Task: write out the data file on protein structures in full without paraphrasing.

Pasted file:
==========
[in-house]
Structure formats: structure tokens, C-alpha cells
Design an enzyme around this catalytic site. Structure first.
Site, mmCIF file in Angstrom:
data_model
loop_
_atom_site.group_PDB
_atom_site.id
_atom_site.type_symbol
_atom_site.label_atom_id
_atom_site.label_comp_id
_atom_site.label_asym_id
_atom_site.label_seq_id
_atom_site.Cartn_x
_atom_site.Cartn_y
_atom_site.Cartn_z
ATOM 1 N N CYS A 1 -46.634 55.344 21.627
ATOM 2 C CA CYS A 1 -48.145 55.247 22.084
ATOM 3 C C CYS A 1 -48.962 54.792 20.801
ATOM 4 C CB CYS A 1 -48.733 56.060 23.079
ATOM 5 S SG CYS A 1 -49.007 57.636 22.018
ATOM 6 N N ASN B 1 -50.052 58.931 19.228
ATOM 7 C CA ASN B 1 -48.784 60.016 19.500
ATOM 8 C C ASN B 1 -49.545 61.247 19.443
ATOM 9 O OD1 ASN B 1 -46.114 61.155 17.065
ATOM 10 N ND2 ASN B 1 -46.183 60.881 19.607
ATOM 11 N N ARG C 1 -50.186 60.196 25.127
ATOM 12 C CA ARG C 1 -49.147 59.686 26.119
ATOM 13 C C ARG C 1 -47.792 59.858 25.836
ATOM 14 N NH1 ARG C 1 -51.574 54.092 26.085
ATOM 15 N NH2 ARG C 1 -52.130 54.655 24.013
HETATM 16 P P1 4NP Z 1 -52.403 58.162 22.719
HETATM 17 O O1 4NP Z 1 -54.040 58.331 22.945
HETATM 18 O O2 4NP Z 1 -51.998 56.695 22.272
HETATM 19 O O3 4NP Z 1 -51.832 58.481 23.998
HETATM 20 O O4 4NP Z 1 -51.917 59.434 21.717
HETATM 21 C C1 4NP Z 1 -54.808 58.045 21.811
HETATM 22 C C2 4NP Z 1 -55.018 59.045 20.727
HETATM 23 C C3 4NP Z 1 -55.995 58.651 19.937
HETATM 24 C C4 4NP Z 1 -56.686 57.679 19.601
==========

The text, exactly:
[in-house]
Structure formats: structure tokens, C-alpha cells
Design an enzyme around this catalytic site. Structure first.
Site, mmCIF file in Angstrom:
data_model
loop_
_atom_site.group_PDB
_atom_site.id
_atom_site.type_symbol
_atom_site.label_atom_id
_atom_site.label_comp_id
_atom_site.label_asym_id
_atom_site.label_seq_id
_atom_site.Cartn_x
_atom_site.Cartn_y
_atom_site.Cartn_z
ATOM 1 N N CYS A 1 -46.634 55.344 21.627
ATOM 2 C CA CYS A 1 -48.145 55.247 22.084
ATOM 3 C C CYS A 1 -48.962 54.792 20.801
ATOM 4 C CB CYS A 1 -48.733 56.060 23.079
ATOM 5 S SG CYS A 1 -49.007 57.636 22.018
ATOM 6 N N ASN B 1 -50.052 58.931 19.228
ATOM 7 C CA ASN B 1 -48.784 60.016 19.500
ATOM 8 C C ASN B 1 -49.545 61.247 19.443
ATOM 9 O OD1 ASN B 1 -46.114 61.155 17.065
ATOM 10 N ND2 ASN B 1 -46.183 60.881 19.607
ATOM 11 N N ARG C 1 -50.186 60.196 25.127
ATOM 12 C CA ARG C 1 -49.147 59.686 26.119
ATOM 13 C C ARG C 1 -47.792 59.858 25.836
ATOM 14 N NH1 ARG C 1 -51.574 54.092 26.085
ATOM 15 N NH2 ARG C 1 -52.130 54.655 24.013
HETATM 16 P P1 4NP Z 1 -52.403 58.162 22.719
HETATM 17 O O1 4NP Z 1 -54.040 58.331 22.945
HETATM 18 O O2 4NP Z 1 -51.998 56.695 22.272
HETATM 19 O O3 4NP Z 1 -51.832 58.481 23.998
HETATM 20 O O4 4NP Z 1 -51.917 59.434 21.717
HETATM 21 C C1 4NP Z 1 -54.808 58.045 21.811
HETATM 22 C C2 4NP Z 1 -55.018 59.045 20.727
HETATM 23 C C3 4NP Z 1 -55.995 58.651 19.937
HETATM 24 C C4 4NP Z 1 -56.686 57.679 19.601